TCB: What do you make of the Iranian cruise missile strikes against ISIS targets in Syria this week? After the attack on June 7 against the Iranian parliament by ISIS militants, they seem to have a lot of domestic pressure for such attacks. Do you think that’s all this is, or do you think that Iran is attempting to challenge U.S. policy in Syria going forward?

Winnefeld: Iran conducted these missile strikes in order to satisfy a domestic audience and to send a message to ISIL. The question is how often are they going to do this now? Do they have the resources and missiles available to consistently launch these missile strikes? That’s not a game changer until they make a mistake and hit forces that we’re working with, and of course the worse thing they could do would be to hit our forces, particularly if it looks like it was intentional. But even if it was unintentional, that’s going to be a problem.

When you look at the larger strategic question, we are in there fighting against ISIL. The Syrians and the Russians are fighting against anybody who’s not the Syrian government. Sooner or later, once ISIL is vanquished or squeezed out or what have you, there’s going to be a collision. It remains to be seen exactly who the collision will be between. It will probably be between the Syrian army and forces that we’re sympathetic to – the SDF, the Kurds, etc. – and when that happens, this administration is going to have to decide how hard they want to push.

This really is a total war for the Syrian government. It is not necessarily total war for us. And that’s an asymmetry. So the real strategic decisions remain to be seen: Once ISIL is gone and that factor is removed from the battle field, what comes next?

For better or worse Obama wanted to avoid a confrontation between the United States and Syria, and he certainly wanted to avoid a confrontation between the United States and Russia for as long as possible.

So how does this end? Is it going to be some sort of stasis where different elements control different chunks of Syrian territory, and there is de-confliction between those zones of control? Or is this going to be a fight to the death? I think the Syrian government will look upon it as a fight to the death. It’s their territory, it’s their country. They’re going to want to regain sovereignty over it. And I think they’re going to keep pressing and Russia will support them. Iran will certainly support them.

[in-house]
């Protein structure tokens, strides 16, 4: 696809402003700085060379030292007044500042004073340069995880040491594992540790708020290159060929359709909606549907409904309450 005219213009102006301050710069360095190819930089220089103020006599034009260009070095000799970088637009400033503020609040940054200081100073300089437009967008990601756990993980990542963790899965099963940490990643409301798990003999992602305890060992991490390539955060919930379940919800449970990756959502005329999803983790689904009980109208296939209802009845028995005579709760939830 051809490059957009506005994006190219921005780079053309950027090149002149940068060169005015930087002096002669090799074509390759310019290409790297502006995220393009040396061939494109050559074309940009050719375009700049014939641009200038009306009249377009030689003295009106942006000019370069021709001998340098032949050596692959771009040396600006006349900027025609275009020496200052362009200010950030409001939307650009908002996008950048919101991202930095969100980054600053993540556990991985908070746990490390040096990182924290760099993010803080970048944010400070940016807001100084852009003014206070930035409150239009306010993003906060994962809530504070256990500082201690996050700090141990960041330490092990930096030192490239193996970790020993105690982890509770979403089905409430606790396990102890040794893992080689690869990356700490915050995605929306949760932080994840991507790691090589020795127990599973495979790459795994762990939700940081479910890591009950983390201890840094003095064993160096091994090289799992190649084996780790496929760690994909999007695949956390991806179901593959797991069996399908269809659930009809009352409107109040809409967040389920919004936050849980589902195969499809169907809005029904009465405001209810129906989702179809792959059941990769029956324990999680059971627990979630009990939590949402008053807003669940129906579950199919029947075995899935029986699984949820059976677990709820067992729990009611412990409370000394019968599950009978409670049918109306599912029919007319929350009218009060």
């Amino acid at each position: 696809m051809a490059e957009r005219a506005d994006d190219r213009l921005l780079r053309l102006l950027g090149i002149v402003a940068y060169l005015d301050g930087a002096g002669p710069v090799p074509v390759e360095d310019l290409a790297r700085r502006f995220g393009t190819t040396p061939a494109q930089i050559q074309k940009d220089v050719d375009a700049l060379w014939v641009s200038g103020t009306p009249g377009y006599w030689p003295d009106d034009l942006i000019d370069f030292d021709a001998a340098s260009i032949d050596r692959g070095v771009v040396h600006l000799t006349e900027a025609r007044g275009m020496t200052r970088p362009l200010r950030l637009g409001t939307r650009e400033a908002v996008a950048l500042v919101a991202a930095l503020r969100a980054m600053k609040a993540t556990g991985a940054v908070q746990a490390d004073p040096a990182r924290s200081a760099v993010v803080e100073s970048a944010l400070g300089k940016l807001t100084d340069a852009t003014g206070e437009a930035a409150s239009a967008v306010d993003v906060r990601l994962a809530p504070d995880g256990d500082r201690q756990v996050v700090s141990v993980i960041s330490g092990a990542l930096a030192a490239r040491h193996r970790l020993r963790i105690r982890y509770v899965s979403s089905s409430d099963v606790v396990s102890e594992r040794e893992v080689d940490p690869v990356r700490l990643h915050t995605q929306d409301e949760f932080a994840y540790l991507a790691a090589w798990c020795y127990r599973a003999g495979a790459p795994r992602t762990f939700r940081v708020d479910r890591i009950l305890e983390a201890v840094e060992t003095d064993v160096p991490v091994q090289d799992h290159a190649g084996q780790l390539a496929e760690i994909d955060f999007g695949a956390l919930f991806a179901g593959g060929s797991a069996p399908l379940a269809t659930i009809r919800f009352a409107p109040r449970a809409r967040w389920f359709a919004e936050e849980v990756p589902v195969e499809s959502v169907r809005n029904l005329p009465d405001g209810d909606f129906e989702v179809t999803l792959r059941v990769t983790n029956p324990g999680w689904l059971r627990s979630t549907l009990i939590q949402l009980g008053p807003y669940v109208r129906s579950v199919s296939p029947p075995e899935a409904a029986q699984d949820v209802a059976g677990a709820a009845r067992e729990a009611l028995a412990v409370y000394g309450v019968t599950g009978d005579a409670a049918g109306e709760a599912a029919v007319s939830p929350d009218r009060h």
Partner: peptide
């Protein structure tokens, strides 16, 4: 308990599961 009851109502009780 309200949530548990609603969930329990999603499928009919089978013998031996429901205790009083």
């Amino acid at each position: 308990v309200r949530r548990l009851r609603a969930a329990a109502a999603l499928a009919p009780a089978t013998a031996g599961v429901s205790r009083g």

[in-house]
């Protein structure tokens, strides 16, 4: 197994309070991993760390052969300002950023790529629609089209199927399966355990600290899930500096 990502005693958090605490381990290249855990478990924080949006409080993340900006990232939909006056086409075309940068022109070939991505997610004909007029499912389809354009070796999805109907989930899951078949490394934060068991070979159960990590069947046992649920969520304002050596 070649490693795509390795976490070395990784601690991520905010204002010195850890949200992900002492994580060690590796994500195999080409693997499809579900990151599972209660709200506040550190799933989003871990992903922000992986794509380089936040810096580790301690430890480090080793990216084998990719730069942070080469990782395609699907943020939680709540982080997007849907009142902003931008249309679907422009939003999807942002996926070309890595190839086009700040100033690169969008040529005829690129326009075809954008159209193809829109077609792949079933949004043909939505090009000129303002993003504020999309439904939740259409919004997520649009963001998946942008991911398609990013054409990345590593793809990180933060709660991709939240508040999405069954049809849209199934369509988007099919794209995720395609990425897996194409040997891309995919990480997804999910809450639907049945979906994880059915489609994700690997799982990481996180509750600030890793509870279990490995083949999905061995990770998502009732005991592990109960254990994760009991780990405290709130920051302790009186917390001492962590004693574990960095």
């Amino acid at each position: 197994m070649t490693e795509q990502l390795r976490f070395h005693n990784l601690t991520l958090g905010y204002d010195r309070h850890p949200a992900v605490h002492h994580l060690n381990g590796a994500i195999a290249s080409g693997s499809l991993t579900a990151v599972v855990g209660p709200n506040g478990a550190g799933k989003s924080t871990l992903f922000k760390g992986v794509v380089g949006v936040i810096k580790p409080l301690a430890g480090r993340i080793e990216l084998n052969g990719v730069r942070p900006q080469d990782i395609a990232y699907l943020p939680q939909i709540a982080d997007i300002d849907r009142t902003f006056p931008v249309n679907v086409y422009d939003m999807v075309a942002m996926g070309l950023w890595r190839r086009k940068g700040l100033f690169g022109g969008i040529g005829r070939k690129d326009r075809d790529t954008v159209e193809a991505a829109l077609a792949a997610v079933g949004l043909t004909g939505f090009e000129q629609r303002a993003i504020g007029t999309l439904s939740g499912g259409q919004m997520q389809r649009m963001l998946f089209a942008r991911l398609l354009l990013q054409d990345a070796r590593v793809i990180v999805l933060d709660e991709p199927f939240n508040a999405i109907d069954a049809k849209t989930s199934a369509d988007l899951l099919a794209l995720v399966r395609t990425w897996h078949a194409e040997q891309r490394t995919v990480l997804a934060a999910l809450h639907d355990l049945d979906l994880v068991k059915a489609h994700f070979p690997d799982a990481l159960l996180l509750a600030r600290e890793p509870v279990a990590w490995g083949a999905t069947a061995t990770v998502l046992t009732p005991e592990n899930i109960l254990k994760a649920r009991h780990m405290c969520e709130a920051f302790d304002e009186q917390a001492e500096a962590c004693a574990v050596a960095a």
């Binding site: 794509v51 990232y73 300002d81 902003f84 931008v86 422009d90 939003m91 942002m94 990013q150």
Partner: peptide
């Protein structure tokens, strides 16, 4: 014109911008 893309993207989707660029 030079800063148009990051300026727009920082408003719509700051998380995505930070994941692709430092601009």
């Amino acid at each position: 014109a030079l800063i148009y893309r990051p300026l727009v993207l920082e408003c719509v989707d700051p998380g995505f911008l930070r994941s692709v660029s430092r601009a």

TCB: Will Russia really keep supporting them? Don’t they want to extricate themselves from Syria at some point? Isn’t that the point of ongoing Syrian ceasefire talks in Astana?

Winnefeld: First of all, I wouldn’t believe anything that the Russians say at any time. I think they (Russia) will continue to support Syria. They’ll do whatever’s convenient for them geopolitically, internally. Certainly if the Syrian government is threatened, they will come in heavily. If the Syrian government seems to be winning, they’ll continue to support them but less directly.

TCB: In terms of the U.S. then, you don’t really see a general change in tactics? Is this just a continuation of current Trump Administration policy?

Winnefeld: I think the change between Obama and Trump in Syria policy has sort of crept up on us. it’s not a sudden change, but it demonstrates a greater willingness on the part of this administration to support those who are fighting ISIL, even if it risks direct confrontation with Syria or their backers – Iran and Russia. That’s the big difference between the Obama Administration and the Trump Administration.

This will really manifest itself when the big collision occurs. The downing of the Syrian warplane is just a tiny incident, a sort of canary in the coal mine, for what is ultimately going to happen when ISIL is squeezed out and the real battle for Syria begins.   

For more information on this publication: Belfer Communications Office
For Academic Citation:U.S. Downing of Syrian Warplane: A “Canary in the Coal Mine”.” The Cipher Brief, June 22, 2017.